Saturn's icy moon Tethys displays a very old impact basin here, just southeast of its giant canyon system, Ithaca Chasma. The large crater has been degraded, or softened, by time and a more recent impact has formed a smaller crater near its southern edge. This large basin was first seen in images from the NASA Voyager mission. Tethys is 1,071 kilometers (665 miles) across.
A sharper, presumably younger crater called Penelope lies near the eastern limb, at the 3 o'clock position. This view shows principally the trailing hemisphere on Tethys. North is directly up.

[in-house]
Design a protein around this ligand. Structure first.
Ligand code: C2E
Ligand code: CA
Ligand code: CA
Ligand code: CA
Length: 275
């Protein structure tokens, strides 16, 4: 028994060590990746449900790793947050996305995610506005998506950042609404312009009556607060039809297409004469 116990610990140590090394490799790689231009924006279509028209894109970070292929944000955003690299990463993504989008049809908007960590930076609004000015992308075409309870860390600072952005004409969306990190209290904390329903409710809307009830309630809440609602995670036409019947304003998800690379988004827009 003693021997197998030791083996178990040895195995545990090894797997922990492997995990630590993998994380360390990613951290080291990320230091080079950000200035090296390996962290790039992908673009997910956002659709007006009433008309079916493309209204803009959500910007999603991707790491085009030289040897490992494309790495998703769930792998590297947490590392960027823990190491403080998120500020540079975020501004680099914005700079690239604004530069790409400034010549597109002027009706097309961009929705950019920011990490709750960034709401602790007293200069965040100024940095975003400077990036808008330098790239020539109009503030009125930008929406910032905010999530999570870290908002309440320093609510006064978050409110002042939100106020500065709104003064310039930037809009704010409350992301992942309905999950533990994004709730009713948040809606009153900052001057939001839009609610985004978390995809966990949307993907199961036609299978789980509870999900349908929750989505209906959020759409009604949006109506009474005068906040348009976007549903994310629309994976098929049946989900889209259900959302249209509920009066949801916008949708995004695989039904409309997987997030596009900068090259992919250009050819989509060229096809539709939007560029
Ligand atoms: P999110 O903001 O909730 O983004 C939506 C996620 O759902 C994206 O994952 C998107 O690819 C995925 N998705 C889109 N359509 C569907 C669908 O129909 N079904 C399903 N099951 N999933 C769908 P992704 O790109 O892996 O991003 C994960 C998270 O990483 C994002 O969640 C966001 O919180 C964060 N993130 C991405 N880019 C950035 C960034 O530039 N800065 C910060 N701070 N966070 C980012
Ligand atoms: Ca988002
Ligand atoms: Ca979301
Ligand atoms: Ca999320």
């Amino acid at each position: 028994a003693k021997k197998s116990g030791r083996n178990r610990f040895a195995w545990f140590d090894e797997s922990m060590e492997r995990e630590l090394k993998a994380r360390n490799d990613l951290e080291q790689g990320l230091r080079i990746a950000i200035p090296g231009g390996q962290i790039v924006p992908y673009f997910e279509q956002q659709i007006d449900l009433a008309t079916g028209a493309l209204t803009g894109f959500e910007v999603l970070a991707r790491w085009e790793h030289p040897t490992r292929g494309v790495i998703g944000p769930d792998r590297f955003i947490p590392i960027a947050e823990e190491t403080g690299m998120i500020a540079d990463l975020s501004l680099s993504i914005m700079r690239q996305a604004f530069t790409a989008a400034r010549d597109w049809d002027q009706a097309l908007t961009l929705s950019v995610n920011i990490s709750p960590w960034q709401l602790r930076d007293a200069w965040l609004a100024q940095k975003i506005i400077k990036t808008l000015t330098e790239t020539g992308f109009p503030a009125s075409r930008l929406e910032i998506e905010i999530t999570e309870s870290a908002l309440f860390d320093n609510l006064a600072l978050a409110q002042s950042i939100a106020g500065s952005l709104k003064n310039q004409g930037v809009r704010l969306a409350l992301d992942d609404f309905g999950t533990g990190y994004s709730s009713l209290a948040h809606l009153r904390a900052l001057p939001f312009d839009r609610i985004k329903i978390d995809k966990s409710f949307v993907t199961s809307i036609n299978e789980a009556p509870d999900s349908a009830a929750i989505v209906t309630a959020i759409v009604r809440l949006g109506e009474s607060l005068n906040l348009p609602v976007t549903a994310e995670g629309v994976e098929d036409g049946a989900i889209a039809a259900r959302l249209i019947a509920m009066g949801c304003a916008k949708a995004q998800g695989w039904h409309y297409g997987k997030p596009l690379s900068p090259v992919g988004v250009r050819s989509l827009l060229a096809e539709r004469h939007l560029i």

The image was taken in visible light with the Cassini spacecraft narrow-angle camera on May 20, 2005, at a distance of approximately 1 million kilometers (600,000 miles) from Tethys and at a Sun-Tethys-spacecraft, or phase, angle of 31 degrees. Resolution in the original image was 6 kilometers (4 miles) per pixel. The image has been contrast-enhanced and magnified by a factor of two to aid visibility.